Growing old brings with itself its own set of health concerns, which if tackled earlier, can not only improve the quality of life, but also enable elderly to lead fulfilling retired lives. Therefore, it is vital to recognize these challenges faced by the elderly well in time and take the appropriate preventive measures to make their journey easy.

The simplest way is to understand our body and make certain lifestyle changes which can aid the body in functioning normally. Simple choices like quitting smoking, losing weight, eating right and being physically active can cut down health risks which come with age.

A person’s ability to think, learn, focus, and remember is included in cognitive health. The most commonly observed disease in this context is dementia, or memory loss, which involves the loss of the above cognitive functions. Studies show that approximately 47.5 million individuals are affected by dementia. The commonest example is Alzheimer’s disease. Chronic health conditions such as diabetes, hypertension, depression, and smoking increase the risk of cognitive dysfunction. There is no cure for dementia; however, a well guided treatment along with family and social support can help.

WHO states that about 15% adults above the age of 60 years suffer from some kind of a mental disorder. Depression is the commonest type occurring in the elderly population. Sadly, most cases go undetected and do not receive appropriate treatment. Promoting better health conditions including an active lifestyle and support from family and social groups can help treat depression at the correct time.

Falling is the commonest injury that occurs in senior citizens leading to emergency room admissions globally. As we age, there is a shrinkage of bone and muscle tissues, which reduces strength and flexibility and makes elderly more prone to lose balance and fall. Osteoporosis and osteoarthritis also significantly increase the chances of physical injury. Falls are not inevitable and can be prevented with better education, and increased physical activity along with certain modifications to the house.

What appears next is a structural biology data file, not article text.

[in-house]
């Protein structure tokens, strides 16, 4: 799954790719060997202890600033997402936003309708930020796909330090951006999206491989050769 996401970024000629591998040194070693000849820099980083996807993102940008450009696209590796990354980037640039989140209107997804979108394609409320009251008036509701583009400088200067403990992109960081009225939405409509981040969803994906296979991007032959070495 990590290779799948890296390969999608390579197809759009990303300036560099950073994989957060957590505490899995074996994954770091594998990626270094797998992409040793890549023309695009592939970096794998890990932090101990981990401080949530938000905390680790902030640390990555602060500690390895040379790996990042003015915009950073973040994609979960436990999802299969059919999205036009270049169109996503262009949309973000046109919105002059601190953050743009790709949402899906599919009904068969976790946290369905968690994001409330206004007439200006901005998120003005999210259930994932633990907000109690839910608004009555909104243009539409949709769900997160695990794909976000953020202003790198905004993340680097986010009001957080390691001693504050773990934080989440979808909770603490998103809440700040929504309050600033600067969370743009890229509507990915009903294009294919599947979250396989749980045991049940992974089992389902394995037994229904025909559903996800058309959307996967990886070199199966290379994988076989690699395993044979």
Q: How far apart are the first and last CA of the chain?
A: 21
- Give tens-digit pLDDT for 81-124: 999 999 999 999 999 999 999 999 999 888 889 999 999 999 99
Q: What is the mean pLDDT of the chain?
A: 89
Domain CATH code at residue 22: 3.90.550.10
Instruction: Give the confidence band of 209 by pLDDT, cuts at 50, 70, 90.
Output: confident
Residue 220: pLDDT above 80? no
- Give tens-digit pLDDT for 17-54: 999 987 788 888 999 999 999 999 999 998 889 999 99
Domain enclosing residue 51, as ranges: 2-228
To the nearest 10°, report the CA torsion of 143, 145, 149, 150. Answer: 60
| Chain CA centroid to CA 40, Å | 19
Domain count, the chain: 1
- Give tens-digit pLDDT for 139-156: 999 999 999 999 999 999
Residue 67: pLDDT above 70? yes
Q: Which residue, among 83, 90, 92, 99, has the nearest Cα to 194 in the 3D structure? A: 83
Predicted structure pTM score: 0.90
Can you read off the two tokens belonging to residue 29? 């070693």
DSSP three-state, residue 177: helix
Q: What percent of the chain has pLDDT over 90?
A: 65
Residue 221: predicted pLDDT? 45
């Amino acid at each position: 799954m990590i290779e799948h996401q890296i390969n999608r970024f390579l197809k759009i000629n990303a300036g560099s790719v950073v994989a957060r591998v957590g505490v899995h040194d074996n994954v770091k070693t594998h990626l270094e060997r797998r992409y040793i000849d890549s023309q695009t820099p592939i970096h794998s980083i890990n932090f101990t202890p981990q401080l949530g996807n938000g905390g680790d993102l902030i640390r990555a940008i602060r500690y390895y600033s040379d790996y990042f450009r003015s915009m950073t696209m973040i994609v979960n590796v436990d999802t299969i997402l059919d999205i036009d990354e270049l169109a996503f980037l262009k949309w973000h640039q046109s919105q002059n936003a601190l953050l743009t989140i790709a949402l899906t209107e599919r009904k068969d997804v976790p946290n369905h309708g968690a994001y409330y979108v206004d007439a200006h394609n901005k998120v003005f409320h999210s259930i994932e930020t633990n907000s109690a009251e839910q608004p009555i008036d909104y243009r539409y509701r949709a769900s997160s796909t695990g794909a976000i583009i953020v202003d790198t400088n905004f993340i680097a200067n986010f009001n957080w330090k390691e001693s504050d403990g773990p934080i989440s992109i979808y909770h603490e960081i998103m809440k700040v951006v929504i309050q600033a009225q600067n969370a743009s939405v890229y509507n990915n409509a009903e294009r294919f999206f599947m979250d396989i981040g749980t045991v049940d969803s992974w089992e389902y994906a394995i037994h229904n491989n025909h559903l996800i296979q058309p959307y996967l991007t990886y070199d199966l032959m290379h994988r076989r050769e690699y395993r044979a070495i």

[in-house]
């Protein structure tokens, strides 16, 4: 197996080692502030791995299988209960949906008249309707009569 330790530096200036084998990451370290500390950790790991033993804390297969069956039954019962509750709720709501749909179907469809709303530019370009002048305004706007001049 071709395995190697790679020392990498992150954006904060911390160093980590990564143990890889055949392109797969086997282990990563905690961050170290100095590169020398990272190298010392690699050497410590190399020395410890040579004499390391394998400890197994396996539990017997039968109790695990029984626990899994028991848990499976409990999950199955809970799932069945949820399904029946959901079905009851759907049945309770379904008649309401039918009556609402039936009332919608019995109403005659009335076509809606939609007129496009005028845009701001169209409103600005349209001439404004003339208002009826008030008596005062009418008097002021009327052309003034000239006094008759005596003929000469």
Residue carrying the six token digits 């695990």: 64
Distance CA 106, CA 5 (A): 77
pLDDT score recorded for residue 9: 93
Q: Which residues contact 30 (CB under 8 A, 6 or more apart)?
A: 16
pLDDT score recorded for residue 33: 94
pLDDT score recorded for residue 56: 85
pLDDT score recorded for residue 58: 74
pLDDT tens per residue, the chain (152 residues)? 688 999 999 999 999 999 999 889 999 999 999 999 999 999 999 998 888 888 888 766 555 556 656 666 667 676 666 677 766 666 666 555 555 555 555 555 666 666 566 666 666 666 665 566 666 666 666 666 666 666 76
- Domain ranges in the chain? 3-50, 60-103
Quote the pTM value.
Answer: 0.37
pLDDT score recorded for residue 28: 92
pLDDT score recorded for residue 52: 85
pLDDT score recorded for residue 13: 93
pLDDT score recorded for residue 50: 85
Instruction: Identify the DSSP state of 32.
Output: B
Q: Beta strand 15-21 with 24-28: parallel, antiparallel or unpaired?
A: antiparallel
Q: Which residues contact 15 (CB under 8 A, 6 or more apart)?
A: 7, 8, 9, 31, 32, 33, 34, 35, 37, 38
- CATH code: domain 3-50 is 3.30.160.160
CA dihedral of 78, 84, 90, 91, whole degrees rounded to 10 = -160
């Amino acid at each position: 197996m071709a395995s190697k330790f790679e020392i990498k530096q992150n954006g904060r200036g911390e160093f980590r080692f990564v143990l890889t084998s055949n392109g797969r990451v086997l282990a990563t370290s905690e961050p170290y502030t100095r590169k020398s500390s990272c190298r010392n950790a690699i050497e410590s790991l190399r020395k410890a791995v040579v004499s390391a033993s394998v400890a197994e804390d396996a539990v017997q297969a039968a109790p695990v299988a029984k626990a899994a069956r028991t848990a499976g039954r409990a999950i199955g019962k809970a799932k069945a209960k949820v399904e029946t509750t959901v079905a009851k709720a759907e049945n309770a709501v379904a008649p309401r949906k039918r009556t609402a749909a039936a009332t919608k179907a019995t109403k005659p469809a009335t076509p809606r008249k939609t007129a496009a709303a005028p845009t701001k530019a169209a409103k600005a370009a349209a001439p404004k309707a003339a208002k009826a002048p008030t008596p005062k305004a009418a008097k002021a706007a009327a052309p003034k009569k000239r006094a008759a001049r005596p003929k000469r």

This is a common ailment affecting the geriatric population, especially above the age of 65. Pain and inability to move the affected limb can severely impact the quality of life. It is important to consult your physician and work on a treatment plan that encourages moderate activity.

Heart disease accounts for maximum deaths in people above 65. This chronic condition is usually a consequence of a sedentary lifestyle and harmful habits such as drinking and smoking. Other chronic conditions such as high blood pressure, diabetes, and high cholesterol increase the chances of having a heart attack or stroke. A healthy lifestyle can cut the risk of heart disease by almost 80%.

Age related disorders such as macular degeneration, cataract, diabetic retinopathy, and glaucoma affect the elderly worldwide. Eating healthy food rich in antioxidants and vitamins combined with regular eye checkups can help keep them under check. Regular eye checkups can help arrest the disease at an early stage, thereby preserving vision.

Hearing loss incidence also increases with age. Loss of both hearing and vision can severely hamper daily activities and lead to withdrawal from social activities. This also contributes to depression in individuals. Hearing aid is helpful, but not many use it. Hearing loss is common, but is aggravated by loud noises and sounds. The best way is to avoid listening to loud music using ear phones.

With advancements in dental science, the good news is that few people above 60 years need to wear dentures today. With dental implants and bleaching agents, your teeth can looks years younger than other parts of your body.

Good eating habits along with brushing and flossing your teeth twice should be followed religiously. Visiting your dentist regularly is also recommended for keeping good oral health.

This is another concern in senior health care. Obesity predisposes an individual to a number of conditions such as heart disease, blood pressure, diabetes, and many other grave medical conditions. Most of the geriatric population has a body mass index more than 30, signaling the lack of physical activity and exercise. If not tackled in time it can seriously impact the quality of life.9.

Cancer is a leading cause of death amongst the elderly, especially over 65. The inability to detect this disease early has increased mortality rates. Mammograms, colonoscopies, and physical check-ups should be performed regularly to detect cancer at an early stage. This can not only prevent complications and metastasis but also improve the quality of life.

Most of these concerns can be prevented with a good diet, exercise, and timely preventive measures. Aging is unavoidable; however, it is not the end, we must learn to adapt to age and take care of the body based on its demands.